Friday, October 22, 2010

30 Days of Fright - 21: Brotherhood Of The Wolf

Cryptozoology is one of those fields of study that sounds both far cooler and far more plausible then it actually is. Traveling around the world investigating weird and wonderful animals sounds brilliant, but I bet it boils down to looking at lots of previously undiscovered insects, undiscovered because no-one else could be arsed, and maybe the occasional duck with odd colours on it. I bet that cryptozoologists don't come face to face with quasi-supernatural wolf-like monsters all that often really.

Set in rural France (France again!) Brotherhood of the Wolf (2001) is a fictionalised retelling of the true story of the Beast of Gévaudan that terrorised that part of the country during the 1760’s. After the strange wolf-like beast has killed a large enough number of the local peasants’, word of the creature reaches the royal court and the king sends help to the region in the form of Grégoire de Fronsac (Samuel Le Bihan), a globetrotting zoologist and his Native American companion and blood-brother Mani (Marc Dacascos). The pair has been tasked with finding out what’s going on and assisting in bringing the beasts reign of terror to an end.

Upon arriving in the area Fronsac and Mani are greeted with a group of locals who are kicking the shit out of an old man and a younger woman, who they claim is a witch or some such and thus displaying the regional taste for superstition. Out two heroes reveal that they don’t take that kind of thing lying down and Mani in gives a demonstration of his martial arts abilities by knocking the jaysus out of the mob.

Fronsac meets up with the nobility who rule the province and explains to them not only his experiences around the world but also his disbelief in anything supernatural going on with the beast. As he settles into life with the aristocracy he makes friends with the Marquis d’Apcher (Jérémie Renier), who shares many of his views, and falls for Marianne de Morangias (Émilie Dequenne) the daughter of a local Count. Marianne has a brother, Jean-François (Vincent Cassel), who is an avid hunter and had lost an arm to a lion while in Africa and is still quite bitter about the whole thing, which he reveals whenever he gets a few drinks down his throat.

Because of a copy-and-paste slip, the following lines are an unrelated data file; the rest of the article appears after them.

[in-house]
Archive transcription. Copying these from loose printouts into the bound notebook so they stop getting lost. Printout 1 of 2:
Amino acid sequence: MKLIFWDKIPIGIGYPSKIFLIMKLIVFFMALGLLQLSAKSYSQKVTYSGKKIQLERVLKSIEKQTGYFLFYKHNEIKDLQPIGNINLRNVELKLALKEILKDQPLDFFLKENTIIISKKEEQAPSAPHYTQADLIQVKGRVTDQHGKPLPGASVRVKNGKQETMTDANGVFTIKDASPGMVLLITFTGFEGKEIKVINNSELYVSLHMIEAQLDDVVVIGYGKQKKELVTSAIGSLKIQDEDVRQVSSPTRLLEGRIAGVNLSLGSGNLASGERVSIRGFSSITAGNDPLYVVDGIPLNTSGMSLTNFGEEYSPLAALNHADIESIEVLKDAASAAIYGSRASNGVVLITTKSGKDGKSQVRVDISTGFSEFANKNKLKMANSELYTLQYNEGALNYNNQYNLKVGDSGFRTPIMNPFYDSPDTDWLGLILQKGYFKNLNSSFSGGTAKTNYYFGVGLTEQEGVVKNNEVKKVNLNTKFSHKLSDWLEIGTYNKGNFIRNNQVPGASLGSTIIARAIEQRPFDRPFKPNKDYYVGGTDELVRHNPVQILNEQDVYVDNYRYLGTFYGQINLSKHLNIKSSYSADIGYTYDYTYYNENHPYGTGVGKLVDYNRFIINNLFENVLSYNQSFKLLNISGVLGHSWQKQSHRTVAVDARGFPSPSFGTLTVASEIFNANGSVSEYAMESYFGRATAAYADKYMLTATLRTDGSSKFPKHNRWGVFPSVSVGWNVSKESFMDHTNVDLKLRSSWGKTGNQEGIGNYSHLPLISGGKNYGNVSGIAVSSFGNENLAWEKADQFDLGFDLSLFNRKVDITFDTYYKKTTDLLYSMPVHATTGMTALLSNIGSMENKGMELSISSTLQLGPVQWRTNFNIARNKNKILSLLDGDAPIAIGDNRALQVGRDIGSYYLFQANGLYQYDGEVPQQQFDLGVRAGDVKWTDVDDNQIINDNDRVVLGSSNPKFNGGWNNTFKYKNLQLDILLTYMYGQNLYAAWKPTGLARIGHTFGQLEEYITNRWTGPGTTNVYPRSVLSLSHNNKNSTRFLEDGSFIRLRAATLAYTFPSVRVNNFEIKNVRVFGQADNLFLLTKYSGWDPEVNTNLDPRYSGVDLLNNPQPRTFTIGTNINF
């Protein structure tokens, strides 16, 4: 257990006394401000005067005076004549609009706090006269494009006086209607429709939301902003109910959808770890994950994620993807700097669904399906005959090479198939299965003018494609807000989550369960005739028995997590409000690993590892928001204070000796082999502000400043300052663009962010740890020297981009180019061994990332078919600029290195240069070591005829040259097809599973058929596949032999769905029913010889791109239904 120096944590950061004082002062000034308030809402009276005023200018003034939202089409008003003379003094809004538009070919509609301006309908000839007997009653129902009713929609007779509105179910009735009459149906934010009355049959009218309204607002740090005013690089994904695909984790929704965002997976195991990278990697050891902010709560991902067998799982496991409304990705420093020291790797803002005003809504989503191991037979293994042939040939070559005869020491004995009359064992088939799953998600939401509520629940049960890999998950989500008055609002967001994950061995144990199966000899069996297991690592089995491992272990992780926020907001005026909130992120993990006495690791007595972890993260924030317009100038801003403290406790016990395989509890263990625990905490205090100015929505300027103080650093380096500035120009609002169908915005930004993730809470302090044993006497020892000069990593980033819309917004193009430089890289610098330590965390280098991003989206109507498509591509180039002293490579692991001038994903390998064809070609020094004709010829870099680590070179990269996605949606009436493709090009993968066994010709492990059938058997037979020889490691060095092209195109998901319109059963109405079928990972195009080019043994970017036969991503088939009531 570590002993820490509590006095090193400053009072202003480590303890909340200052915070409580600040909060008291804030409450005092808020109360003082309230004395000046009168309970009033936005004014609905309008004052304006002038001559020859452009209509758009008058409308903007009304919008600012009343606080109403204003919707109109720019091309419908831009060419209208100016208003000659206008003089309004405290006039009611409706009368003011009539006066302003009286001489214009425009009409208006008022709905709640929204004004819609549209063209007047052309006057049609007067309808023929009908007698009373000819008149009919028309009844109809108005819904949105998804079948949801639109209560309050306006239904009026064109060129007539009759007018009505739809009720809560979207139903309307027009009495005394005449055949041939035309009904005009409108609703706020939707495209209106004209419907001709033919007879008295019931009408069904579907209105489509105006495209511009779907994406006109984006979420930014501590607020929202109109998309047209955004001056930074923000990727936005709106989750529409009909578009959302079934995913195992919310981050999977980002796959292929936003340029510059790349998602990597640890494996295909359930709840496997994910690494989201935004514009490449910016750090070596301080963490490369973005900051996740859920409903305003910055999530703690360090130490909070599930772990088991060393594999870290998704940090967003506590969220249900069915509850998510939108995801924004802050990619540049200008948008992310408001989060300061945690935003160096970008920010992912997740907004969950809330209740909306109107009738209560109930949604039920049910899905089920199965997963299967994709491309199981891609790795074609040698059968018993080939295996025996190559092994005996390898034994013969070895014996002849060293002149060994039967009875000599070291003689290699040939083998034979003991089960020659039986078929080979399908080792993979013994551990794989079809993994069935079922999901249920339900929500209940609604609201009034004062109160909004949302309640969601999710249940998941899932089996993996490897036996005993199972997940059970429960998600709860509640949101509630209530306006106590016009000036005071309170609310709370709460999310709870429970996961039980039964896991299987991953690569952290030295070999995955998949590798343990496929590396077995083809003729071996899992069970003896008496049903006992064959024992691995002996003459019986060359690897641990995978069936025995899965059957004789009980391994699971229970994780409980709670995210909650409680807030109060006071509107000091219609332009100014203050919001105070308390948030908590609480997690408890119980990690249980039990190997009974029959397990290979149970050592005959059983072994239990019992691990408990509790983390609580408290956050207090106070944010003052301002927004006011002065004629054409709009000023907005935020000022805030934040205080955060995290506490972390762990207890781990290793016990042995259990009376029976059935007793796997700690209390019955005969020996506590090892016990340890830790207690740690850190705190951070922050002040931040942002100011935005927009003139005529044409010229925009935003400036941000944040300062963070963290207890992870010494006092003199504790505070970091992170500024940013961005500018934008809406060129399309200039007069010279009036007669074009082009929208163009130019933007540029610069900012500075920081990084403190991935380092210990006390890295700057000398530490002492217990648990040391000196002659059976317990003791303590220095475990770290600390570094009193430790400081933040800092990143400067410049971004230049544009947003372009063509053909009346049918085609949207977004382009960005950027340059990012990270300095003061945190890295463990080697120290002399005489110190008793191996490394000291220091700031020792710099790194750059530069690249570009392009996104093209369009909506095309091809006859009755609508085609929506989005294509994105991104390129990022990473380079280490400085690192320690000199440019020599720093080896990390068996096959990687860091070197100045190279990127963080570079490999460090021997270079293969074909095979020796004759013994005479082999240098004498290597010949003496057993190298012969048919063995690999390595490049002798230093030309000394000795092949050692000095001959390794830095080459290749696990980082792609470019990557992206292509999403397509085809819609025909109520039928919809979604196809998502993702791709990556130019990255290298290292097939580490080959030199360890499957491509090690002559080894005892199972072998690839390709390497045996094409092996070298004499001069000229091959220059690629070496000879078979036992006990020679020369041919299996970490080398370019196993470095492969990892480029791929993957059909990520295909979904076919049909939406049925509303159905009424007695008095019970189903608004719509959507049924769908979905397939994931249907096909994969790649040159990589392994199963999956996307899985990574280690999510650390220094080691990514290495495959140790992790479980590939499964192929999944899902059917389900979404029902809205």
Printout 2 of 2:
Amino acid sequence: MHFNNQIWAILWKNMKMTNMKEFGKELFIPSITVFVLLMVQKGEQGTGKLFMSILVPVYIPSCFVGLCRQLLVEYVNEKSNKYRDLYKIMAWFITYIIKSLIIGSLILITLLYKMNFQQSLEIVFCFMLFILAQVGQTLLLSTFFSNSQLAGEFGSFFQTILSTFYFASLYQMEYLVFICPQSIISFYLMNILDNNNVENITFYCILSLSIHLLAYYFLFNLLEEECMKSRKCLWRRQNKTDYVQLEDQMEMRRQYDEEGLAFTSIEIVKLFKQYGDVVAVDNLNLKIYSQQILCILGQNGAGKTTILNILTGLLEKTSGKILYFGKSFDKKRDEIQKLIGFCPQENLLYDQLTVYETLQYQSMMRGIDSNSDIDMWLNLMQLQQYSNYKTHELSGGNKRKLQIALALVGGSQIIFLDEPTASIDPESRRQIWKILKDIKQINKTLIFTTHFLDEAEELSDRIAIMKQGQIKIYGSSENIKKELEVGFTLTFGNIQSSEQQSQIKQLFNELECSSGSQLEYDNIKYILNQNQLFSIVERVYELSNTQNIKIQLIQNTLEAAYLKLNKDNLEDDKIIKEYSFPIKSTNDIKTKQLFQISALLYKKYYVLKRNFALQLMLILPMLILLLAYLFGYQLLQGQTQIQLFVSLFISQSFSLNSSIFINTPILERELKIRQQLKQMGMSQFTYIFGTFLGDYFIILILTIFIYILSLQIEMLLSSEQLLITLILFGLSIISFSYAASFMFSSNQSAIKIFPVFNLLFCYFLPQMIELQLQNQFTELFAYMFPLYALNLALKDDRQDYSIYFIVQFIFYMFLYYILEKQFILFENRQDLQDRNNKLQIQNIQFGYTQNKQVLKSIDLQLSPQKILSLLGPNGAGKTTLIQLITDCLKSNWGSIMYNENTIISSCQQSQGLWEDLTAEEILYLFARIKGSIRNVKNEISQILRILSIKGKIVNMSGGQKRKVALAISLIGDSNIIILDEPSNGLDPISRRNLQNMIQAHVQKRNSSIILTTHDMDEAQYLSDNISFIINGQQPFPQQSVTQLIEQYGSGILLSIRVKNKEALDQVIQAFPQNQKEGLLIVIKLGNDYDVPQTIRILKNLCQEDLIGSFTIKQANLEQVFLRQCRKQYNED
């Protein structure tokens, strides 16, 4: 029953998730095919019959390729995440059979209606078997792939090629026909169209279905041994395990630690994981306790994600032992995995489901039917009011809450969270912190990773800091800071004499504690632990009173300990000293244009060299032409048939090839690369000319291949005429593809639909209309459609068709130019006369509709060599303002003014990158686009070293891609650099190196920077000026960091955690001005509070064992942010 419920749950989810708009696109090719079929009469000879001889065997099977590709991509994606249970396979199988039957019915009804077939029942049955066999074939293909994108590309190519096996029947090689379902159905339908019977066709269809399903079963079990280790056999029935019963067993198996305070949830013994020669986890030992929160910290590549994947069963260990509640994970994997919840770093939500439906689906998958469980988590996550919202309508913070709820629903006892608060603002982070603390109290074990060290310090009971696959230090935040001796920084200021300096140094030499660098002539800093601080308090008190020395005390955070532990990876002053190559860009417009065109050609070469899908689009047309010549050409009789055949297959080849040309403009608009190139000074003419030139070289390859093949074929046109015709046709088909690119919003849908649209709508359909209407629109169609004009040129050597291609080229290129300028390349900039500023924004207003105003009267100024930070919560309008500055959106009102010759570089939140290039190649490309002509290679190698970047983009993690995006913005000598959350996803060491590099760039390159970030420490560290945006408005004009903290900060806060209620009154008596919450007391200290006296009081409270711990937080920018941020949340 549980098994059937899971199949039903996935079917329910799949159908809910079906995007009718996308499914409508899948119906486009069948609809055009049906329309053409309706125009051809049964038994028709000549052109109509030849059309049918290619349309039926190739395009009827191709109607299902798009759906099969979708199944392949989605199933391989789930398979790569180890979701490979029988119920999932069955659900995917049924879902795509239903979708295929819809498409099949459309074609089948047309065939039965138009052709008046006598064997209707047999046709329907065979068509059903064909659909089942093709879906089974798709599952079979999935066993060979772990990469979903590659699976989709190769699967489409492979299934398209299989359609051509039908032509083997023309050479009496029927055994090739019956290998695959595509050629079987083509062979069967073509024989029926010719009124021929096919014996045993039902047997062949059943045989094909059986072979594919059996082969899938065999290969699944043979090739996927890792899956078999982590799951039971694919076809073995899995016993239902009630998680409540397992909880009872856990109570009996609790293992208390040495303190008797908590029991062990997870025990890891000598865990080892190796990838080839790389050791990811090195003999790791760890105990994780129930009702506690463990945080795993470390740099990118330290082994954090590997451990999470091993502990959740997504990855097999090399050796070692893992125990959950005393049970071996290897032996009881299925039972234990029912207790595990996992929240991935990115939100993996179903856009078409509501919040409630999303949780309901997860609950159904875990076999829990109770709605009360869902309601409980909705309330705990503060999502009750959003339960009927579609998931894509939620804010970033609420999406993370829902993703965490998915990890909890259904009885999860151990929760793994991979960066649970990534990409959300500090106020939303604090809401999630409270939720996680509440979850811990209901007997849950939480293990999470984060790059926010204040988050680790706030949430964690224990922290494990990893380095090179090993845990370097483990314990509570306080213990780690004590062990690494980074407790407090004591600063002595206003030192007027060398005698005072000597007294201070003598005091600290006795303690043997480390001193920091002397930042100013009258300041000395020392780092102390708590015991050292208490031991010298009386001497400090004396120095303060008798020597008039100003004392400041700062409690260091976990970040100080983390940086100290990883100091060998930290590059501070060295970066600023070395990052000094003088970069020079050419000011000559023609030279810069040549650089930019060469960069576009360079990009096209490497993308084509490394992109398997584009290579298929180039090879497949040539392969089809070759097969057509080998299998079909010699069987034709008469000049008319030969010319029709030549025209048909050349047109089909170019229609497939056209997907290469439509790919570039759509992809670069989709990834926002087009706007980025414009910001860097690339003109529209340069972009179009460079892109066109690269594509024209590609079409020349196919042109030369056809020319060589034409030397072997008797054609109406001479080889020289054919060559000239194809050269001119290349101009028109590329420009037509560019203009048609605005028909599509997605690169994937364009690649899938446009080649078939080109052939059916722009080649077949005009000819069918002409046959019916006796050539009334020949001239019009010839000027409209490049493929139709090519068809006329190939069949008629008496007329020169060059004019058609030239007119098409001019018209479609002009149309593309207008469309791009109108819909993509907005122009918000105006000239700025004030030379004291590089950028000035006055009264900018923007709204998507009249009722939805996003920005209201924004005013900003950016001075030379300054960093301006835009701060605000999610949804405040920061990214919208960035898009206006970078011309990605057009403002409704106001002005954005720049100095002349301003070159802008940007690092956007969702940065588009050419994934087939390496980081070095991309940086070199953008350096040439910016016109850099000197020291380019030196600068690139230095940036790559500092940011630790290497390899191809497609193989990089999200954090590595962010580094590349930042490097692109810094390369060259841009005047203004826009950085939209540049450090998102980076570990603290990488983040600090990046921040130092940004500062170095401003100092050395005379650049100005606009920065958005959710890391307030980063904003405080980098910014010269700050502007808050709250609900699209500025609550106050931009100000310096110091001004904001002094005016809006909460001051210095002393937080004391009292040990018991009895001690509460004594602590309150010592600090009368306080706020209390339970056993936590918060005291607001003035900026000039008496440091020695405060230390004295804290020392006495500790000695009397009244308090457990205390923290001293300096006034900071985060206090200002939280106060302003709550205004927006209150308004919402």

The beast continues attacking and a large and unruly hunt is organised by the commander of the soldiers stationed nearby who had promised to kill the beast. During the preparations for the hunt some of the hunters have a go at Mani, who holds his own until the fight is broken up by Jean-François shooting one of the attackers with a gun he’d had specially made that allowed him to use it one-armed. Jean-François is partial to loading that gun with silver bullets though he claims it has nothing to do with werewolves but instead is out of vanity, in that he likes to sign his kills.

The hunt is a disaster for the wolves living in the Gévaudan forests, but Fronsac is not convinced that they killed the beast and he is quickly proven right. The King, embarrassed by the whole situation and taking flak for not getting it sorted (like Obama and that business with BP) sends a new military man to get things done. This proves to be purely a PR exercise and Fronsac is the one left to deal with the beast, but first he has to discover its true nature and, shockingly, determine who is controlling the beast.